Mutations in fibroblast growth factor receptors (Fgfrs) 1-3 cause skeletal disease syndromes in humans. Although these Fgfrs are expressed at various stages of chondrocyte and osteoblast development, their function in specific skeletal cell types is poorly understood. Using conditional inactivation of Fgfr1 in osteo-chondrocyte progenitor cells and in differentiated osteoblasts, we provide evidence that FGFR1 signaling is important for different stages of osteoblast maturation. Examination of osteogenic markers showed that inactivation of FGFR1 in osteo-chondro-progenitor cells delayed osteoblast differentiation, but that inactivation of FGFR1 in differentiated osteoblasts accelerated differentiation. In vitro osteoblast cultures recapitulated the in vivo effect of FGFR1 on stage-specific osteoblast maturation. In immature osteoblasts, FGFR1 deficiency increased proliferation and delayed differentiation and matrix mineralization, whereas in differentiated osteoblasts, FGFR1 deficiency enhanced mineralization. Furthermore, FGFR1 deficiency in differentiated osteoblasts resulted in increased expression of Fgfr3, a molecule that regulates the activity of differentiated osteoblasts. Mice lacking Fgfr1, either in progenitor cells or in differentiated osteoblasts, showed increased bone mass as adults. These data demonstrate that signaling through FGFR1 in osteoblasts is necessary to maintain the balance between bone formation and remodeling through a direct effect on osteoblast maturation.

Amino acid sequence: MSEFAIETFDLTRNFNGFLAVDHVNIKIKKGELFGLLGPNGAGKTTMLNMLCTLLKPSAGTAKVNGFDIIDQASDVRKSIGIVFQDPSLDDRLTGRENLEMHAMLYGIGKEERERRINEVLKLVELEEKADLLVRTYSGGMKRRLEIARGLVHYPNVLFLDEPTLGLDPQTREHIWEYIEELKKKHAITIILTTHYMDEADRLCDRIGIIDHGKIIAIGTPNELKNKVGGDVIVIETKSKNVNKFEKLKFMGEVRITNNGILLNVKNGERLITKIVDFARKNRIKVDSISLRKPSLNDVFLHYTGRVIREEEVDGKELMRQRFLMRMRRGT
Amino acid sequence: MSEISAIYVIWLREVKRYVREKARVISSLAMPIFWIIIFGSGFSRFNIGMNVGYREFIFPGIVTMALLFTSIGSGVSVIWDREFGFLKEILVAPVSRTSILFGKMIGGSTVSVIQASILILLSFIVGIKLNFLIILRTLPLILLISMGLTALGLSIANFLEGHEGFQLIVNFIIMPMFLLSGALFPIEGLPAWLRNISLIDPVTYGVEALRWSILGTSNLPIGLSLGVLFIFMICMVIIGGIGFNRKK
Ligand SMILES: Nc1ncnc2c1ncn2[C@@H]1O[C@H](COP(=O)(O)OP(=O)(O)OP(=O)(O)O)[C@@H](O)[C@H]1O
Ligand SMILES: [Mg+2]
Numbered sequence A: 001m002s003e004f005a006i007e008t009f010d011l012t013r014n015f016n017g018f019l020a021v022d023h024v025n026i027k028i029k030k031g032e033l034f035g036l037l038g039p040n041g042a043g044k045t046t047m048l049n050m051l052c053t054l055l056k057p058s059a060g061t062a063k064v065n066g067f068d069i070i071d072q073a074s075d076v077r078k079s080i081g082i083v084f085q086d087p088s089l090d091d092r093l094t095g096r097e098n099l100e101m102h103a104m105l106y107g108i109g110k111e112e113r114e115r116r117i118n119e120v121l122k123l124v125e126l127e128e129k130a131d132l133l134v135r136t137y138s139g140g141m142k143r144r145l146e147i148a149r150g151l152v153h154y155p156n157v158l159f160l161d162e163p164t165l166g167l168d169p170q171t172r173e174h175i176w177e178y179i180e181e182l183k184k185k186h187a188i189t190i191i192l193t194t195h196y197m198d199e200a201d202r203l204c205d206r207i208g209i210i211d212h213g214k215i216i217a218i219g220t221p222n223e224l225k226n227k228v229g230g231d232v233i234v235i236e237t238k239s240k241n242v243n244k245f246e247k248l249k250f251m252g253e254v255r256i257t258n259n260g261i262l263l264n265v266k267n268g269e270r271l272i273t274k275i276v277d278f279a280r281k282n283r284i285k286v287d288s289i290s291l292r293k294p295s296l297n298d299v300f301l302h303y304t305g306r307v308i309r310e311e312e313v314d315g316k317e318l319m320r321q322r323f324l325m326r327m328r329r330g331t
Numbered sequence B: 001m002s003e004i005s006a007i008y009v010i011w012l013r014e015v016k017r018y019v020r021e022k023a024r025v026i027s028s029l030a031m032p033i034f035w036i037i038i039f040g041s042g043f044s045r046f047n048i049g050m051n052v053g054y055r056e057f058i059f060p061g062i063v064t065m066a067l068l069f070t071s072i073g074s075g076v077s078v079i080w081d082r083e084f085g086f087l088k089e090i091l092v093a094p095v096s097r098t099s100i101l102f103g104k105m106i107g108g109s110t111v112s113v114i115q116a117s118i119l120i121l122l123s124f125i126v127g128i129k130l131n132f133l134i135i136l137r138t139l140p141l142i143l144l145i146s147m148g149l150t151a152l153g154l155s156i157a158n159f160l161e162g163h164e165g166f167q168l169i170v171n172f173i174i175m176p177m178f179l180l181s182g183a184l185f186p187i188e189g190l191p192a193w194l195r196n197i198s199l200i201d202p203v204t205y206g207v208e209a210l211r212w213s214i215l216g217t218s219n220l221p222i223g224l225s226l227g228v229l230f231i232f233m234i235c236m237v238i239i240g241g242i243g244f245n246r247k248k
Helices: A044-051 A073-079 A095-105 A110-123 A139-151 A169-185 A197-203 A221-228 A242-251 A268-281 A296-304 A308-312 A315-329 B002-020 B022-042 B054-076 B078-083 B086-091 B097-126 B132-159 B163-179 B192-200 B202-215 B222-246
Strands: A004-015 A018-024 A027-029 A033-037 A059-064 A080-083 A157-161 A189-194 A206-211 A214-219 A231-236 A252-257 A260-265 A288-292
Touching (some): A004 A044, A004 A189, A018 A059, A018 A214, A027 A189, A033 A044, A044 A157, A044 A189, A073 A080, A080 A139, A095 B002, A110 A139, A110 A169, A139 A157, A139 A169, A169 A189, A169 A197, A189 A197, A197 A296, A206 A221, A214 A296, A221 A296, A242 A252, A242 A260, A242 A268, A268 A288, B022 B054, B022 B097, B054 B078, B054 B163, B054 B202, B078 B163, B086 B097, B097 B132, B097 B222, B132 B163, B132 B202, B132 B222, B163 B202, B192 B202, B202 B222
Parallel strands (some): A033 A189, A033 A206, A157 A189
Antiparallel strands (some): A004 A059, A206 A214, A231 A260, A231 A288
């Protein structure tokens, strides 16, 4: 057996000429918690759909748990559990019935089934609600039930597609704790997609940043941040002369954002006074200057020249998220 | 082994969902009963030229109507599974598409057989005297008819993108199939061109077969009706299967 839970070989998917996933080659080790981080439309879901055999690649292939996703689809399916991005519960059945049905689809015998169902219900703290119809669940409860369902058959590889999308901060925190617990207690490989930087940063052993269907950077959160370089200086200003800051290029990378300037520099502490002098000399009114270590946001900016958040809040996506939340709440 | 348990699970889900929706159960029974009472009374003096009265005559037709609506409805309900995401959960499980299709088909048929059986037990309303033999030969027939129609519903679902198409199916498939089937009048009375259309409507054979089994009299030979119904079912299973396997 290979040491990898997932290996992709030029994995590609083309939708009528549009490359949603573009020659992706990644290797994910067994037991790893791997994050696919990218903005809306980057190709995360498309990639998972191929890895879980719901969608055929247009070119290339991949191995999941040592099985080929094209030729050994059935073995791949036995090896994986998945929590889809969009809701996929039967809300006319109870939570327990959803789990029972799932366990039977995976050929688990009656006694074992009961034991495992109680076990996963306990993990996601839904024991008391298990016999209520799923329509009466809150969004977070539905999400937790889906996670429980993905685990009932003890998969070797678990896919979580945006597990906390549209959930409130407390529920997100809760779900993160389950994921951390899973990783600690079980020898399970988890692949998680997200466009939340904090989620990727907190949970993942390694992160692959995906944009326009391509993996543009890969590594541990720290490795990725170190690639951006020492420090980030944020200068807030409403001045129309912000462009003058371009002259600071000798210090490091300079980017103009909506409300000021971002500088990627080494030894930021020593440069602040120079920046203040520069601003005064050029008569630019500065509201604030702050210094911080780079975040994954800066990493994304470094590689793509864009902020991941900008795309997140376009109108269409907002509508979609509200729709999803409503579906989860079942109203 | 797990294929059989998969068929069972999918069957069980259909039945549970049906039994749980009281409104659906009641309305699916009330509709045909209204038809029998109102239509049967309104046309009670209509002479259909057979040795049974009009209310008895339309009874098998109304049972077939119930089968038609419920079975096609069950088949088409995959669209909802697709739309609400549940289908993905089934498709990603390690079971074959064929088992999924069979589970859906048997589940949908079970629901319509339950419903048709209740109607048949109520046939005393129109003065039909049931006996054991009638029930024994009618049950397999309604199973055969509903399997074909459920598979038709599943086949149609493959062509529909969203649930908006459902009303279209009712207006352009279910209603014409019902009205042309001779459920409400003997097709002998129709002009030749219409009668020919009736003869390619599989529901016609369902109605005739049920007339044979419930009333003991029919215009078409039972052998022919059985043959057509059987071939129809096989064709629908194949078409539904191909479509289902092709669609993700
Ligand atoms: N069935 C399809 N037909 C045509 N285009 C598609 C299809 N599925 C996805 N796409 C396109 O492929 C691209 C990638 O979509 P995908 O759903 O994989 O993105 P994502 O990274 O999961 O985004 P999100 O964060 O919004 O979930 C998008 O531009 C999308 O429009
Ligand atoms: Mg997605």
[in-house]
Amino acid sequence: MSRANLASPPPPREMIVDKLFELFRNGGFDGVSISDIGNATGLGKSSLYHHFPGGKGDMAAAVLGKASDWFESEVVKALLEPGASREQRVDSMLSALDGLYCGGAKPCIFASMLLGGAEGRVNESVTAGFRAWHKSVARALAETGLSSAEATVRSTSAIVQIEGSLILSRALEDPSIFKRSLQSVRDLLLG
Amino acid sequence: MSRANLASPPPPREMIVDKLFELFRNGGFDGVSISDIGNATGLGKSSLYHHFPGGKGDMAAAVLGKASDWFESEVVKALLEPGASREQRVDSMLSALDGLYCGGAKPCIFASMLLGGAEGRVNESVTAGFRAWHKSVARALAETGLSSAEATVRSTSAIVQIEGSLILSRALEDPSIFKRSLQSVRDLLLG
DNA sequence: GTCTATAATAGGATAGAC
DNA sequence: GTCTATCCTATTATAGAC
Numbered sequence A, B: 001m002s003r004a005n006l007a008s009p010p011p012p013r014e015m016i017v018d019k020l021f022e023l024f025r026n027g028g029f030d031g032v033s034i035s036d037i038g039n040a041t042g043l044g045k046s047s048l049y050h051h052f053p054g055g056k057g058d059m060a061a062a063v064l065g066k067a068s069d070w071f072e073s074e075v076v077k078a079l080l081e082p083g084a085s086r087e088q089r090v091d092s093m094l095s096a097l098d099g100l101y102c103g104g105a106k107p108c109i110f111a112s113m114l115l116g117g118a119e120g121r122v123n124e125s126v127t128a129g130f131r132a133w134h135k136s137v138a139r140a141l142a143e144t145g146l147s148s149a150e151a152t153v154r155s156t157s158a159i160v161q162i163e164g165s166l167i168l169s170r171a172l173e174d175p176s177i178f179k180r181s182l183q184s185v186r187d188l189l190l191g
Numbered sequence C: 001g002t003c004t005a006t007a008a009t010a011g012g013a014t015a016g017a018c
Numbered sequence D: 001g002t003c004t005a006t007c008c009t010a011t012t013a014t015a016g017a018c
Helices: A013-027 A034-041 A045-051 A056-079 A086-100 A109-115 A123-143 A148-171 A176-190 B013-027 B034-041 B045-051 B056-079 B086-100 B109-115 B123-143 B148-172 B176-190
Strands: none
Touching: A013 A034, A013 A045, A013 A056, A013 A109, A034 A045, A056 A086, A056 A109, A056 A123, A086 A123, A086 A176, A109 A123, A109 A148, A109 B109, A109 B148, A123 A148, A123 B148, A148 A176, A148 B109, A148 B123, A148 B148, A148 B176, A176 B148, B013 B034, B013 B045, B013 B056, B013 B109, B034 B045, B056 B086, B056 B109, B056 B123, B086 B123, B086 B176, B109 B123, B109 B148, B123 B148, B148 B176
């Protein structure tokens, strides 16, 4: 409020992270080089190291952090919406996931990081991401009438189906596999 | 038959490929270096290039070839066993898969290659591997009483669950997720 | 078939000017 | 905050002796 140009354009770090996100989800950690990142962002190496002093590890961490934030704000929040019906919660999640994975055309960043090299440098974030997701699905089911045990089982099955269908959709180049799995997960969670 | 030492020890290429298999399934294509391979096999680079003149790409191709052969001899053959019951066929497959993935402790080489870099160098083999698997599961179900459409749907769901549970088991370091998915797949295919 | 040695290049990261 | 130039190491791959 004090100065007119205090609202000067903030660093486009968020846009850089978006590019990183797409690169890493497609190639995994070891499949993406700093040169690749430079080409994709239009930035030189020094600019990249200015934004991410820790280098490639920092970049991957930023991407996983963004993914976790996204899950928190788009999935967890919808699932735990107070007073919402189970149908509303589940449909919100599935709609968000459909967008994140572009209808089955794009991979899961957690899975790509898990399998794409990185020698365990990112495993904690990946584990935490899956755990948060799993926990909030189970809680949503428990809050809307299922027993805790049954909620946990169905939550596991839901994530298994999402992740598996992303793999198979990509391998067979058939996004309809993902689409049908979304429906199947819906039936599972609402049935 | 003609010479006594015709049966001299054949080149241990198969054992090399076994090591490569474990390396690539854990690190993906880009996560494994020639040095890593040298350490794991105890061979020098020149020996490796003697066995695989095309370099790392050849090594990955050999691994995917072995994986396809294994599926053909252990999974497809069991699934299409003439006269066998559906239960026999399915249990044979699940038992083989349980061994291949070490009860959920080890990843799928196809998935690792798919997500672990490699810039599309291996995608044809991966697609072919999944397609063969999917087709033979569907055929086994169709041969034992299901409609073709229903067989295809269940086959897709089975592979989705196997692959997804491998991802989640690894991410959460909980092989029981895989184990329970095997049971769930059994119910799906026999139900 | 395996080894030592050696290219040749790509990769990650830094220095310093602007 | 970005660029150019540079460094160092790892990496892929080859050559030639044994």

- Fibroblast growth factor receptor 1 (FGFR1)
- Skeletal development